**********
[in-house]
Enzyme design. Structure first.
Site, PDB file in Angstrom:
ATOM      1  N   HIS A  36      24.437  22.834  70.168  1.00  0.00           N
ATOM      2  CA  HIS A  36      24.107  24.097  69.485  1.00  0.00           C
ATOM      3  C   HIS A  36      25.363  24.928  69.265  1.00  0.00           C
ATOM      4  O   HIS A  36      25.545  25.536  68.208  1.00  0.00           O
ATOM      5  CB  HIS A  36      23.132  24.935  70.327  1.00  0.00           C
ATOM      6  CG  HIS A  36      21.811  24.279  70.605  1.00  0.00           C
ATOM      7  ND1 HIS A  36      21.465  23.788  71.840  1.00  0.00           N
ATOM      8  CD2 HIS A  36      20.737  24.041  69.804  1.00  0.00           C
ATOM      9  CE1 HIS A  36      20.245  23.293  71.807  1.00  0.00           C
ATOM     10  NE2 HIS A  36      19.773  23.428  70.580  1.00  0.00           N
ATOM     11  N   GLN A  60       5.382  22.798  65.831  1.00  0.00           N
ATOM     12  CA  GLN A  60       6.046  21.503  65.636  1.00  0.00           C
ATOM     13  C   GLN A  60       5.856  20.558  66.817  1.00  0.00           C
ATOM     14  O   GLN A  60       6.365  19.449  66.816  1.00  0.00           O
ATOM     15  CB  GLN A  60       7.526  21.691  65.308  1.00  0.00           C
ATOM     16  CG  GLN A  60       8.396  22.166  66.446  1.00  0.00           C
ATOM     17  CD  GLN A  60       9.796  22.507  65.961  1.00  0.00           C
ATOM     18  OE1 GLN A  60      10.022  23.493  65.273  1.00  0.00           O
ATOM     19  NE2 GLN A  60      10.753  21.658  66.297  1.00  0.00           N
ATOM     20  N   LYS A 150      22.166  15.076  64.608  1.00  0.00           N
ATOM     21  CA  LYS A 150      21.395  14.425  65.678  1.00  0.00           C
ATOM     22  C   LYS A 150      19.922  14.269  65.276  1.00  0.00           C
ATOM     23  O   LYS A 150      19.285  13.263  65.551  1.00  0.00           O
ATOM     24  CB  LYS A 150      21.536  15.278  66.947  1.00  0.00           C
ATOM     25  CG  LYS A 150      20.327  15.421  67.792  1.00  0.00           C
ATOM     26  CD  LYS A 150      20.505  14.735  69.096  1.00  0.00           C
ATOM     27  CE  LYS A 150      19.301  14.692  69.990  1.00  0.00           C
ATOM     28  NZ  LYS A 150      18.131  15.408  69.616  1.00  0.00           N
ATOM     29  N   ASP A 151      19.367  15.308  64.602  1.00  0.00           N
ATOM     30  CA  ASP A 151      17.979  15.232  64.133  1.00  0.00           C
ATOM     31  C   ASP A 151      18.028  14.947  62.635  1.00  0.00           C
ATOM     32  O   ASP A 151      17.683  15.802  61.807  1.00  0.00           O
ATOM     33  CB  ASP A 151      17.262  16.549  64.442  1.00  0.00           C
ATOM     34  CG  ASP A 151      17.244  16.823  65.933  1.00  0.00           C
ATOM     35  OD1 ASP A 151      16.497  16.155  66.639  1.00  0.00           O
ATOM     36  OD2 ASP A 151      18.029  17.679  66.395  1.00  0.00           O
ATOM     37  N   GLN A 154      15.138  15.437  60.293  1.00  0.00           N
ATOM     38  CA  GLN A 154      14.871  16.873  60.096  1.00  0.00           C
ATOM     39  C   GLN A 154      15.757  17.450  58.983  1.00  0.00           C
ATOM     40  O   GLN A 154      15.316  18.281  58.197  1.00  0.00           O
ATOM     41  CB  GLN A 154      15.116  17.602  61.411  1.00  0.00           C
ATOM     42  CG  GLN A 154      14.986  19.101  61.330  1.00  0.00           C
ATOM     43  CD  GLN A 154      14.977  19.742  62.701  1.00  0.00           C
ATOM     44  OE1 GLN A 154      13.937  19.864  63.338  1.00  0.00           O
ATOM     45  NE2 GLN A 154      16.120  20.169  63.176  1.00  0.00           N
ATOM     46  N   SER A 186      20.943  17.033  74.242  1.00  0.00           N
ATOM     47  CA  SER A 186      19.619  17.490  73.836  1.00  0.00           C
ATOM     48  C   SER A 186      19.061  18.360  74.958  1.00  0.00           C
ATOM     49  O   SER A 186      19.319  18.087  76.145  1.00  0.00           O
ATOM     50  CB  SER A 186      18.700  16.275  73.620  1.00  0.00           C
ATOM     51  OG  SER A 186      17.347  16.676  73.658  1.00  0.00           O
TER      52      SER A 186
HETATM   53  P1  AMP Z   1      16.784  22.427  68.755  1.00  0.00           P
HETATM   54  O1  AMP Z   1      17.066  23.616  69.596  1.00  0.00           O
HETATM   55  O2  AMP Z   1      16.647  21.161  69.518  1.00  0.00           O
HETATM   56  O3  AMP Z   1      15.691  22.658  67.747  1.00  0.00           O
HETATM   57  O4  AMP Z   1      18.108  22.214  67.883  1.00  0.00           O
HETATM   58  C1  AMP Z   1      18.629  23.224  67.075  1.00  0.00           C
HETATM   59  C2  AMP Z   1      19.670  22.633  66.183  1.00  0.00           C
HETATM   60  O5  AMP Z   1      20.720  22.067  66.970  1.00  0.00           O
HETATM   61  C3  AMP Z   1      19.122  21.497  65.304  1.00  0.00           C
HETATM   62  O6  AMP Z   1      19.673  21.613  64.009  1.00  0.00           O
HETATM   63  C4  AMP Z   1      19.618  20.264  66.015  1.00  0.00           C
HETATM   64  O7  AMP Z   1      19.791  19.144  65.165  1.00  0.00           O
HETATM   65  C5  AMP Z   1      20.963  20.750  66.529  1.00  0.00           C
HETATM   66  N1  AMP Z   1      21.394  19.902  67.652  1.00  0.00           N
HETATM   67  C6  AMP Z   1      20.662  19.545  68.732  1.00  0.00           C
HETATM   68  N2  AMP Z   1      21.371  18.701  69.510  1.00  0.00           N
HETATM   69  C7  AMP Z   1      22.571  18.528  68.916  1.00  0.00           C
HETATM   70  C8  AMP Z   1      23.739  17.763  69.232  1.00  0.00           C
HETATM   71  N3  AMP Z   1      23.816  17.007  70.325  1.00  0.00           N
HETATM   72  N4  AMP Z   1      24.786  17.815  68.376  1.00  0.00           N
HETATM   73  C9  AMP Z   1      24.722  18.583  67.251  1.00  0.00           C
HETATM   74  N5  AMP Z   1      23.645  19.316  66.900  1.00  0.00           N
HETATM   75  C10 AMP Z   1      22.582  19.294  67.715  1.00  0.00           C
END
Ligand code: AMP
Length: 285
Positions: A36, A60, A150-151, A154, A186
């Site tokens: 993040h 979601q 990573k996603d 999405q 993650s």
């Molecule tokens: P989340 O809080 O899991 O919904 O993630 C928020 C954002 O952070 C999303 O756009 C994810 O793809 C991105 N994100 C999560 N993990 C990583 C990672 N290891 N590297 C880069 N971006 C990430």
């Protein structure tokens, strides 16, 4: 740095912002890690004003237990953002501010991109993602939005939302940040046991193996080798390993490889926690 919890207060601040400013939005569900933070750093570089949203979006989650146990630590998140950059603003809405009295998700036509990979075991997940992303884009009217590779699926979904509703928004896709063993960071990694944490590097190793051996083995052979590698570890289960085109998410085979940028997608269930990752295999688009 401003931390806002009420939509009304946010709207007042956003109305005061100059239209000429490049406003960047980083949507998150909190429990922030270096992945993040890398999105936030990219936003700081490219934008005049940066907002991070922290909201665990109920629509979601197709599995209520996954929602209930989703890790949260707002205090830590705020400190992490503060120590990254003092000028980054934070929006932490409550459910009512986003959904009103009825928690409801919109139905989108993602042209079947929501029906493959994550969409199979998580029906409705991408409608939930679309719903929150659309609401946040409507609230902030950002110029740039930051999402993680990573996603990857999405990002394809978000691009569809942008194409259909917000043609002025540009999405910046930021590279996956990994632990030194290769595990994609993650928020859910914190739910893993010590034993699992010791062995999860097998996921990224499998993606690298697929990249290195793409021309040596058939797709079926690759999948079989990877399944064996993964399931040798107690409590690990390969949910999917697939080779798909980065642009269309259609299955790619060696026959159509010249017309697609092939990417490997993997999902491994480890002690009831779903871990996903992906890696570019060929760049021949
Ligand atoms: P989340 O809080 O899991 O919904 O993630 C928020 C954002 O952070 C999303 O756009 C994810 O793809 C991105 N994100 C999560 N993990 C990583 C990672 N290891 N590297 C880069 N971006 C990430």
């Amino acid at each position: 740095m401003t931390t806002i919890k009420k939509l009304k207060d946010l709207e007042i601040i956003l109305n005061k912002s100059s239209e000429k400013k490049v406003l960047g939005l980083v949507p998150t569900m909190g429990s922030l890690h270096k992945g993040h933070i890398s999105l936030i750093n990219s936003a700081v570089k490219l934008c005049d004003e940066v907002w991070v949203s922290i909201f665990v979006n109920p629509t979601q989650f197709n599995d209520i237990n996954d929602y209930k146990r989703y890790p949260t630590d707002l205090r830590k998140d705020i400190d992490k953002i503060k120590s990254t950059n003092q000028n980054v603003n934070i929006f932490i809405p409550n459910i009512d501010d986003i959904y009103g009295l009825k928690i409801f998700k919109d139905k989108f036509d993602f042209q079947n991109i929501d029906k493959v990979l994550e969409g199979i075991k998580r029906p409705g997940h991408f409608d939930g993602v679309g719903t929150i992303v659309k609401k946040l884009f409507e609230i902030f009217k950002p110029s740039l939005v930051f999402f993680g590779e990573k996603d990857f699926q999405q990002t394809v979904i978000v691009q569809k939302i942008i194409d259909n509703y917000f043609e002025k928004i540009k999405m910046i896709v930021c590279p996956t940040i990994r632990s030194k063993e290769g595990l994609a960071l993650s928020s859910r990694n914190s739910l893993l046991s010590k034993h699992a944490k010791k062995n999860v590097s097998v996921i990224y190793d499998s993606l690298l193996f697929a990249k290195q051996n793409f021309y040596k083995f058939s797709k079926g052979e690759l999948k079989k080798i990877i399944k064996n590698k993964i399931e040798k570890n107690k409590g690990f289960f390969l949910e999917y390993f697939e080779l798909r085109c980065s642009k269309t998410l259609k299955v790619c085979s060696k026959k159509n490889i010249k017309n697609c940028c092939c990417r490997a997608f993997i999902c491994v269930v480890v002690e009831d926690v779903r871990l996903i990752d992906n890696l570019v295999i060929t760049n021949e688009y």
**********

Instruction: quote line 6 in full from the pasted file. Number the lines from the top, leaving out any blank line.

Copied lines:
ATOM      3  C   HIS A  36      25.363  24.928  69.265  1.00  0.00           C